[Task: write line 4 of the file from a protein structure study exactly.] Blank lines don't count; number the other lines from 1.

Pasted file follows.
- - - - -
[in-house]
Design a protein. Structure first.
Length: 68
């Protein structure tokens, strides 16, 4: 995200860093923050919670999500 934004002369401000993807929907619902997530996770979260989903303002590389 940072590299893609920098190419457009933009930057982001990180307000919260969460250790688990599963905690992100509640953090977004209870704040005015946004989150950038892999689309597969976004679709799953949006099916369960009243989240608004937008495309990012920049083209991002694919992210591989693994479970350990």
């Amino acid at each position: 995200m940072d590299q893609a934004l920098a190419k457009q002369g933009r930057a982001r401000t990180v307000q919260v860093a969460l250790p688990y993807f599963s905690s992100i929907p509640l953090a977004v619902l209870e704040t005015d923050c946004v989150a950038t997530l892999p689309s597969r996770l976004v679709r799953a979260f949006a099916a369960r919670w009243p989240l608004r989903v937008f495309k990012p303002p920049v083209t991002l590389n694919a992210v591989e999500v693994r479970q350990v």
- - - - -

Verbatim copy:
């Protein structure tokens, strides 16, 4: 995200860093923050919670999500 934004002369401000993807929907619902997530996770979260989903303002590389 940072590299893609920098190419457009933009930057982001990180307000919260969460250790688990599963905690992100509640953090977004209870704040005015946004989150950038892999689309597969976004679709799953949006099916369960009243989240608004937008495309990012920049083209991002694919992210591989693994479970350990």